There are days when you get up and stare at the front page of the newspaper and you just have to put the paper back down. May 30 was one of those days. After escaping for the long Memorial Day weekend, one returns to the real world Tuesday morning. But those who read The Washington Post are reminded that some people live forever in the world of make believe. Witness the front-page headline: "Clinton Is A Politician Not Easily Defined: Senator's Platform Remains Unclear."
That is to politics what "The DaVinci Code" is to theology.
When you pick up the paper again and read the story, it's just awful. Political reporter Dan Balz, no babe in the woods, just embarrasses himself by declaring that Hillary's inner circle has discovered she has "a curious intellect, the absence of rigid ideology, an instinct for problem solving and a willingness to seek consensus even across party lines." In a telephone interview, Hillary told Balz she is in no way a rigid thinker, that she approaches each problem and tries "combining my beliefs and ideals with a search for practical solutions."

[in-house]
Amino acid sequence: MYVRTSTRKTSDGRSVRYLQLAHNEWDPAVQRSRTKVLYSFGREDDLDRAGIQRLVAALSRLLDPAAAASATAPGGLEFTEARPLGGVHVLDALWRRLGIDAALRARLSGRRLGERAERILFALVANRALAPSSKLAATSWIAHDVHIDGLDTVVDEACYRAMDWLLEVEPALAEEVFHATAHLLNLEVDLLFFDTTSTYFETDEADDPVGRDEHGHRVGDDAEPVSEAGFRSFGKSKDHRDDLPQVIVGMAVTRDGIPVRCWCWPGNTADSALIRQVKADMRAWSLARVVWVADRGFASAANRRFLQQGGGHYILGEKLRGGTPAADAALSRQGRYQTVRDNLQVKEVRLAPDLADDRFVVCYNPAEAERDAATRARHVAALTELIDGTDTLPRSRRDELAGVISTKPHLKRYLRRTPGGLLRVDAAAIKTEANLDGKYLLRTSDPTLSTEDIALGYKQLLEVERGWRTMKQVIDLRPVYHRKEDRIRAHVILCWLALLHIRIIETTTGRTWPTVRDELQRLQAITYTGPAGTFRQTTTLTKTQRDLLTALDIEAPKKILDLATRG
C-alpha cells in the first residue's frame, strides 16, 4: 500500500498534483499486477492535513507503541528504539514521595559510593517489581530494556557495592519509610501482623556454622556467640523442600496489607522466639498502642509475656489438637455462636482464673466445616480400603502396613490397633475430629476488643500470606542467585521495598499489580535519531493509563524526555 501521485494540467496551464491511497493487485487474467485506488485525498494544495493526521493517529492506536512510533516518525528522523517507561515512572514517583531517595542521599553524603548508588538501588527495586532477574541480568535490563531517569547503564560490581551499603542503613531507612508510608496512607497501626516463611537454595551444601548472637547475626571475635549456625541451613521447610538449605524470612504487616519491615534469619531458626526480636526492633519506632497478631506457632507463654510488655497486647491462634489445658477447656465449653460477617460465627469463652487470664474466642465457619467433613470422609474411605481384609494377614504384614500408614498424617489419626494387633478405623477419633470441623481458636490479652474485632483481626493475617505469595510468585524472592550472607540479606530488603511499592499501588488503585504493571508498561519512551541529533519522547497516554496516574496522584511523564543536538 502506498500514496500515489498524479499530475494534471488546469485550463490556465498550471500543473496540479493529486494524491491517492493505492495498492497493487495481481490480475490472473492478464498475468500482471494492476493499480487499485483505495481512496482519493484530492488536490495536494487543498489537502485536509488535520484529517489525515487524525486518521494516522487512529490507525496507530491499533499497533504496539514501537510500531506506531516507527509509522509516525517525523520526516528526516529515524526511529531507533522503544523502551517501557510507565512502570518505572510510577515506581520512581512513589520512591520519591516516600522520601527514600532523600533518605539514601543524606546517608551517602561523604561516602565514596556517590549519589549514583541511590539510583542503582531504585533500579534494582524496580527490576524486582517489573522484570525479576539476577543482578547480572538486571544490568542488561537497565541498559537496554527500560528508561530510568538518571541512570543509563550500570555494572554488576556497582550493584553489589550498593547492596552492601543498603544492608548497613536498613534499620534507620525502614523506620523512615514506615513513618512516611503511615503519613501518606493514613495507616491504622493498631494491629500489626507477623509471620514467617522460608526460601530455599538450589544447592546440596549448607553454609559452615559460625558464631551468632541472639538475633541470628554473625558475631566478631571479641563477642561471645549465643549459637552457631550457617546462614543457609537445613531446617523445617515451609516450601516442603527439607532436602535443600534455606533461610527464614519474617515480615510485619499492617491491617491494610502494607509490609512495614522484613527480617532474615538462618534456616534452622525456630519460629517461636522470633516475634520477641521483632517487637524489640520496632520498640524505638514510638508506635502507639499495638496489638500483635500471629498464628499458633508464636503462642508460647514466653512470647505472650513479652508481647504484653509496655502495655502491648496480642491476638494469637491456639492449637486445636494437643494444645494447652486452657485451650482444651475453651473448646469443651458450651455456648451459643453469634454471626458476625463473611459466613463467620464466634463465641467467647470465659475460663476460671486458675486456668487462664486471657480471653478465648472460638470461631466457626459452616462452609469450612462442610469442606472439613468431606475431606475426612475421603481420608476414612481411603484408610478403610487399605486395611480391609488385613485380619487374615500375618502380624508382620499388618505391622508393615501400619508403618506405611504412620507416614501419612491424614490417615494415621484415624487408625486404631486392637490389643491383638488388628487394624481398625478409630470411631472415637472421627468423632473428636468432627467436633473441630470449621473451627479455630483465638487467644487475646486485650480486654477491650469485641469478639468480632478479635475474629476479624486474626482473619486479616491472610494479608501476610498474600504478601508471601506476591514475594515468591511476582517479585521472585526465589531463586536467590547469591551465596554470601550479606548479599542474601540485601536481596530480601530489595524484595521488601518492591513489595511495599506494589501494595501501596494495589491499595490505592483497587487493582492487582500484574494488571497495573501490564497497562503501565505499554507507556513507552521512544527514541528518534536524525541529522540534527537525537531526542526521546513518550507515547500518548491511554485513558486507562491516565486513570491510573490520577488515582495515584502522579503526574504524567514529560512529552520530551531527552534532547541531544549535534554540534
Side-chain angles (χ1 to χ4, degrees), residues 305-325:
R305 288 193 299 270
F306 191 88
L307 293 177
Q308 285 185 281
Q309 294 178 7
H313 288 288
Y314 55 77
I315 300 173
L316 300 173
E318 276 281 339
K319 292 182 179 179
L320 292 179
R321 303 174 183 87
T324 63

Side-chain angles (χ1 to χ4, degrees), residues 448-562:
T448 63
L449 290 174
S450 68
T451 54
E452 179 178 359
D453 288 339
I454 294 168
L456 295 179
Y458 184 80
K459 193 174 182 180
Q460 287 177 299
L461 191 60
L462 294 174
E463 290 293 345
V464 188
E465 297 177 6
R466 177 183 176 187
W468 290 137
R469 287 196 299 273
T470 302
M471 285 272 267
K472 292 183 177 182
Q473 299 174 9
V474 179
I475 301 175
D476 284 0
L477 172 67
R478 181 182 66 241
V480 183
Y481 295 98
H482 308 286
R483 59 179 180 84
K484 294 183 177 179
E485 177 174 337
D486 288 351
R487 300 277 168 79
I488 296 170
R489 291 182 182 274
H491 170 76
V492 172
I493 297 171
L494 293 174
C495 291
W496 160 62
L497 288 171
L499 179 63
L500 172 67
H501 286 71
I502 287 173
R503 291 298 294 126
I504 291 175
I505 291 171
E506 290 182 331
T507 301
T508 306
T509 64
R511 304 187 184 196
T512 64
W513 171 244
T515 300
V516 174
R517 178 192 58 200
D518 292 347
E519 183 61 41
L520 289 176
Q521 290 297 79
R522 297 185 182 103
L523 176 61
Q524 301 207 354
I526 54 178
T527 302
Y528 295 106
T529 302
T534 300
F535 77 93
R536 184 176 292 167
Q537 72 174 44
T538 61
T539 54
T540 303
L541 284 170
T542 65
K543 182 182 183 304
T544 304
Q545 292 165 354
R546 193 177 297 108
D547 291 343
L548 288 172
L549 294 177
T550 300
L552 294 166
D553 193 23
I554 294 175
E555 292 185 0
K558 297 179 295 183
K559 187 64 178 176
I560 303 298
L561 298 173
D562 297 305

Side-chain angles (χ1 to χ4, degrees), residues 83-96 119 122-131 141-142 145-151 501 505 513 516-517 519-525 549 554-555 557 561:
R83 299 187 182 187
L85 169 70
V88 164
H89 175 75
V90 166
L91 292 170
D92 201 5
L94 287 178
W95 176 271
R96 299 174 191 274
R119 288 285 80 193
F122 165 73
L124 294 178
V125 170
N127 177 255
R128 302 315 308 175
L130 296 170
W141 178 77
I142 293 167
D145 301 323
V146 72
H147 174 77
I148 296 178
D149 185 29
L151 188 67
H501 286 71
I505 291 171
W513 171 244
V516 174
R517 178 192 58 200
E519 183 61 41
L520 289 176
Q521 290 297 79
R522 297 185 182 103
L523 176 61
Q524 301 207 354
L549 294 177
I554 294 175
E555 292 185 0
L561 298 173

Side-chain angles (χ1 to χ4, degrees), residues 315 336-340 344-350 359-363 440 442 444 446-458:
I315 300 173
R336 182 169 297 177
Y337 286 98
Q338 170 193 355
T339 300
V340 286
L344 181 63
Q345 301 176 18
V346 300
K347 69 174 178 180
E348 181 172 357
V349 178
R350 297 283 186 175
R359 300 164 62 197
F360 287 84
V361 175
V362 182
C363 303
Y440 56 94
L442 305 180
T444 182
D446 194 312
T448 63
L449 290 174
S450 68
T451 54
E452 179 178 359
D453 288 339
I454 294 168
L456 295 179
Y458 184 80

Balz is not so much reporting a news story as reproducing a sales pitch. It really ought to have the word "advertisement" above it in capital letters. It's a misleading commercial. If you bought President Hillary, you would not be getting the "absence of rigid ideology." You would get rigid liberal ideology, softened only by Slick Willie political posturing, with gullible journalists gleefully hooking on their bait.
This is not the first time The Washington Post has played gullible. Witness March 28, 2004, when this self-same Dan Balz was touting the emerging centrism of another presidential candidate, Sen. John Kerry. He had "one of the most liberal voting records in the Senate," but "edged" toward centrism on key votes. In the primaries, Kerry's "rhetoric often tilted to the left, but not his positions." Balz boldly concluded that Kerry "has emerged from the primaries at the philosophical center of the party if not the country."
So Hillary is a centrist, just as John Kerry was a centrist. And so were Al Gore, and Michael Dukakis and Walter Mondale. In which decade do the liberal media stop peddling these delusions?